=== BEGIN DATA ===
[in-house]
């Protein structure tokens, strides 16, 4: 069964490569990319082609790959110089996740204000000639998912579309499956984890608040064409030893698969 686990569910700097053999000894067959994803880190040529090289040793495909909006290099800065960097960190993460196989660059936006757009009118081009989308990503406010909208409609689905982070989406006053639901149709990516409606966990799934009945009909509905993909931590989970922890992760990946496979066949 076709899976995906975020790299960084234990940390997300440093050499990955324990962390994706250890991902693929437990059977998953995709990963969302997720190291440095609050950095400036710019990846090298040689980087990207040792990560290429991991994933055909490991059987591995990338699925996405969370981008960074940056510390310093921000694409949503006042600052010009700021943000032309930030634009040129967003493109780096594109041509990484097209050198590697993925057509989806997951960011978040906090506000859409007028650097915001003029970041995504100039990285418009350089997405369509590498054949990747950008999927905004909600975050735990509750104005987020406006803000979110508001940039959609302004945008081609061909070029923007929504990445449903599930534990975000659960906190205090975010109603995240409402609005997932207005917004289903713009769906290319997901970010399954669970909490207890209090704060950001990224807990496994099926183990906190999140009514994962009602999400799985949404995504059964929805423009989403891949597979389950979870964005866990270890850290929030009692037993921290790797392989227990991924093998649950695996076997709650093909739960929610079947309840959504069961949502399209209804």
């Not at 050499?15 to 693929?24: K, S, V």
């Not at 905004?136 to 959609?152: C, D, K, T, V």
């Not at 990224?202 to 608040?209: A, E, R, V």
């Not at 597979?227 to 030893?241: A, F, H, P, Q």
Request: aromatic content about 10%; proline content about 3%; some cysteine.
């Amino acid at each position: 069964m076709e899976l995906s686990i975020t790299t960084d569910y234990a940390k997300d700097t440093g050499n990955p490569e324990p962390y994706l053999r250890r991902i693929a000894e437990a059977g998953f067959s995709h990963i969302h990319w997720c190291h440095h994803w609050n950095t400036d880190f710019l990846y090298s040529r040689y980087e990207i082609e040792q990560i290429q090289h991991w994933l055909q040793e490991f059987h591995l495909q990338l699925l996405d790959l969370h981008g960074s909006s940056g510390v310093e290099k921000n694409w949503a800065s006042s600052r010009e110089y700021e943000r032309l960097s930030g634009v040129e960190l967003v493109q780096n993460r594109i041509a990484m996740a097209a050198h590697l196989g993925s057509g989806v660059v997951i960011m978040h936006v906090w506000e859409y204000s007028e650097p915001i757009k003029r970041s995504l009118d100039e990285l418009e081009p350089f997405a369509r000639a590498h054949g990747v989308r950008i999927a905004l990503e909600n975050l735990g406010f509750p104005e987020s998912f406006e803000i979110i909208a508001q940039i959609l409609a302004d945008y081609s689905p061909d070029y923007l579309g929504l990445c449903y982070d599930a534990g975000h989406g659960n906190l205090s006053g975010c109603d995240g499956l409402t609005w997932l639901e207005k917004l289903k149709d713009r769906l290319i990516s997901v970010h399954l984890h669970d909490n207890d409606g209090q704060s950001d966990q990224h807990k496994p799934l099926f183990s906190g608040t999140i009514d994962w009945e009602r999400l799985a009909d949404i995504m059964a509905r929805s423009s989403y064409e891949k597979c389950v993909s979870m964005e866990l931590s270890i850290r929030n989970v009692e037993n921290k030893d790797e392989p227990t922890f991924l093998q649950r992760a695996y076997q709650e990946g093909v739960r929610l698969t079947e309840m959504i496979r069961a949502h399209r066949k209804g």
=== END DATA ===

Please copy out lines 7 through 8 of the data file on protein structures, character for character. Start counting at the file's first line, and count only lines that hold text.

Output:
Request: aromatic content about 10%; proline content about 3%; some cysteine.
């Amino acid at each position: 069964m076709e899976l995906s686990i975020t790299t960084d569910y234990a940390k997300d700097t440093g050499n990955p490569e324990p962390y994706l053999r250890r991902i693929a000894e437990a059977g998953f067959s995709h990963i969302h990319w997720c190291h440095h994803w609050n950095t400036d880190f710019l990846y090298s040529r040689y980087e990207i082609e040792q990560i290429q090289h991991w994933l055909q040793e490991f059987h591995l495909q990338l699925l996405d790959l969370h981008g960074s909006s940056g510390v310093e290099k921000n694409w949503a800065s006042s600052r010009e110089y700021e943000r032309l960097s930030g634009v040129e960190l967003v493109q780096n993460r594109i041509a990484m996740a097209a050198h590697l196989g993925s057509g989806v660059v997951i960011m978040h936006v906090w506000e859409y204000s007028e650097p915001i757009k003029r970041s995504l009118d100039e990285l418009e081009p350089f997405a369509r000639a590498h054949g990747v989308r950008i999927a905004l990503e909600n975050l735990g406010f509750p104005e987020s998912f406006e803000i979110i909208a508001q940039i959609l409609a302004d945008y081609s689905p061909d070029y923007l579309g929504l990445c449903y982070d599930a534990g975000h989406g659960n906190l205090s006053g975010c109603d995240g499956l409402t609005w997932l639901e207005k917004l289903k149709d713009r769906l290319i990516s997901v970010h399954l984890h669970d909490n207890d409606g209090q704060s950001d966990q990224h807990k496994p799934l099926f183990s906190g608040t999140i009514d994962w009945e009602r999400l799985a009909d949404i995504m059964a509905r929805s423009s989403y064409e891949k597979c389950v993909s979870m964005e866990l931590s270890i850290r929030n989970v009692e037993n921290k030893d790797e392989p227990t922890f991924l093998q649950r992760a695996y076997q709650e990946g093909v739960r929610l698969t079947e309840m959504i496979r069961a949502h399209r066949k209804g």